Israel’s Foreign Ministry has reportedly ordered dozens of embassies worldwide to request that their host countries deliver a “discreet message” to the International Criminal Court’s chief prosecutor, over her recent ruling that the court has jurisdiction to open a war crimes investigation into Israel.
Two senior Israeli officials told the Walla news site that the classified order was defined as “urgent,” including a directive for diplomats to open embassies Sunday, an irregular move, to begin work.
The order instructed ambassadors to start reaching out to heads of government and foreign ministers in the countries they are posted in, to issue public statements of opposition to the ICC’s decision, the report said.
In a major decision Friday, a pre-trial chamber of the ICC determined that The Hague has jurisdiction to open a criminal investigation into Israel and the Palestinians for war crimes alleged to have taken place in the West Bank, Gaza Strip and East Jerusalem.
It now falls to the ICC’s chief prosecutor, Fatouh Bensouda, to decide whether to launch an investigation, and she indicated in 2019 that she intends to do so.
Meanwhile, Israel’s security cabinet said Sunday that it “completely rejects the scandalous decision of the court that could enable the investigation of Israel for false war crimes.”
“The cabinet determines that the court has no authority to make such a decision. Israel is not a member of the international court and the Palestinian Authority does not have the status of a state,” read the statement, which released by Prime Minister Benjamin Netanyahu.
Israel is not a member of the ICC and neither is the US. The Palestinians joined the court in 2015.
“The international court was established to prevent horrors such as those that were perpetrated by the Nazis against the Jewish people. Instead, it is persecuting the state of the Jewish people,” the statement said, repeating the words of Netanyahu a day prior.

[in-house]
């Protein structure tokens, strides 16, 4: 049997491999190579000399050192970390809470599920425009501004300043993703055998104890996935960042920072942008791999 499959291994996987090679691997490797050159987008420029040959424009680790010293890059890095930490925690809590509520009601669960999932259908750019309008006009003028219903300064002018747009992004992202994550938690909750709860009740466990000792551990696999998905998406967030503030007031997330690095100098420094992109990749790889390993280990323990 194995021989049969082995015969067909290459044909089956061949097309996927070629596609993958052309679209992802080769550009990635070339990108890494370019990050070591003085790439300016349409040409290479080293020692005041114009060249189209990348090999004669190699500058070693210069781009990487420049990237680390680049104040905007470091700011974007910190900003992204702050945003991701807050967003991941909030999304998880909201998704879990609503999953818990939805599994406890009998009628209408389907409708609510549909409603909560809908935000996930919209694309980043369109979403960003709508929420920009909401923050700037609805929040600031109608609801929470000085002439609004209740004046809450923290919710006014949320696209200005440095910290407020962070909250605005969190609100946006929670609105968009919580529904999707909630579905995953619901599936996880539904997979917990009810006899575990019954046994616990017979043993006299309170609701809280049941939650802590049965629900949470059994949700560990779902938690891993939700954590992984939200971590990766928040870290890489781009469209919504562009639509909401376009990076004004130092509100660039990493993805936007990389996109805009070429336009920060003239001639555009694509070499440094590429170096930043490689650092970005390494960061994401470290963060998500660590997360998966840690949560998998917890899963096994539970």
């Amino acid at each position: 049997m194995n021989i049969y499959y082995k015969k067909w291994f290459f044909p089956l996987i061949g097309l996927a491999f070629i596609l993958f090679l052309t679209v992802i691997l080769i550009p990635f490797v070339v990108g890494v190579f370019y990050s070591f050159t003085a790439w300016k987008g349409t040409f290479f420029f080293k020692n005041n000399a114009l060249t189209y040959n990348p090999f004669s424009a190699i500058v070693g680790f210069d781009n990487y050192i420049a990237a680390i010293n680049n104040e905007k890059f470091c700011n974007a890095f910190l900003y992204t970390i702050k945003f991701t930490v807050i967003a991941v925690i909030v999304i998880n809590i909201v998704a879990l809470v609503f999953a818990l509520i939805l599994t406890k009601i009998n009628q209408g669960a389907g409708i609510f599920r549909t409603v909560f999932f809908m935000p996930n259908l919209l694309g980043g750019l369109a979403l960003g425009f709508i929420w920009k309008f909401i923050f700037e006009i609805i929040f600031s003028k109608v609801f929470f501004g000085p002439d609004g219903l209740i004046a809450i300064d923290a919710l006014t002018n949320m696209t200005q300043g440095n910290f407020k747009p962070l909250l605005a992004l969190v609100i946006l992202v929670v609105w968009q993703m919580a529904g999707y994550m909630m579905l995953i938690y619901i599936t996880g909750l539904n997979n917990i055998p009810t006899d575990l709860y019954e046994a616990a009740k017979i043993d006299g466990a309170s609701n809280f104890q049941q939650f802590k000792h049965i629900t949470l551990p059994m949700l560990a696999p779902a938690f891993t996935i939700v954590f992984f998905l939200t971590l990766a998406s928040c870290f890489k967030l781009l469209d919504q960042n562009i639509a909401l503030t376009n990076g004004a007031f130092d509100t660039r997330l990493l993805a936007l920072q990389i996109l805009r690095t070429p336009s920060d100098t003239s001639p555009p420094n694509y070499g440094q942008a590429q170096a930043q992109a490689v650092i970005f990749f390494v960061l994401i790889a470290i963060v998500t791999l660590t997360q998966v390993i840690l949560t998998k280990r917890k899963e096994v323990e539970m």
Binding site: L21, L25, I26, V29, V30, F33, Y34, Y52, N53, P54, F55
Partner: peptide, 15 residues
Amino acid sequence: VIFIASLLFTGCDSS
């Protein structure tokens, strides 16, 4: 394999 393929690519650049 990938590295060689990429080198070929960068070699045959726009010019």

“Even as it allows the investigation of Israel,” the statement said, “the only democracy in the Middle East that is committed to the rule of law, the court shuts its eyes to the awful war crimes being perpetrated time and again by dark dictatorships such as Iran and Syria.”
The statement continued by saying “the claim that Jews living in their homeland and their capital of Jerusalem constitutes a war crime is scandalous” — a reference to the court potentially probing Israeli settlement policy in the West Bank and conduct in the disputed East Jerusalem.
“The security cabinet instructs the relevant elements to take the necessary steps to protect the interests of the state and to defend its citizens and soldiers,” the statement concluded.
The ICC is meant to serve as a court of last resort when countries’ own judicial systems are unable or unwilling to investigate and prosecute war crimes. Israel’s military has mechanisms to investigate alleged wrongdoing by its troops, and despite criticism that the system is insufficient, experts say it has a good chance of fending off an ICC investigation into its wartime practices.
The ICC does not try countries, but rather individuals. Israeli officials said Friday that they do not currently anticipate any immediate threats to senior Israeli political or military figures.
When it comes to settlements, however, some experts say Israel could have a difficult time contesting international law forbidding the transfer of a civilian population into occupied territory.
If Israel and/or Hamas are ultimately convicted of war crimes, and if senior officials are named in such a verdict, they could be subject to international arrest warrants upon travel abroad.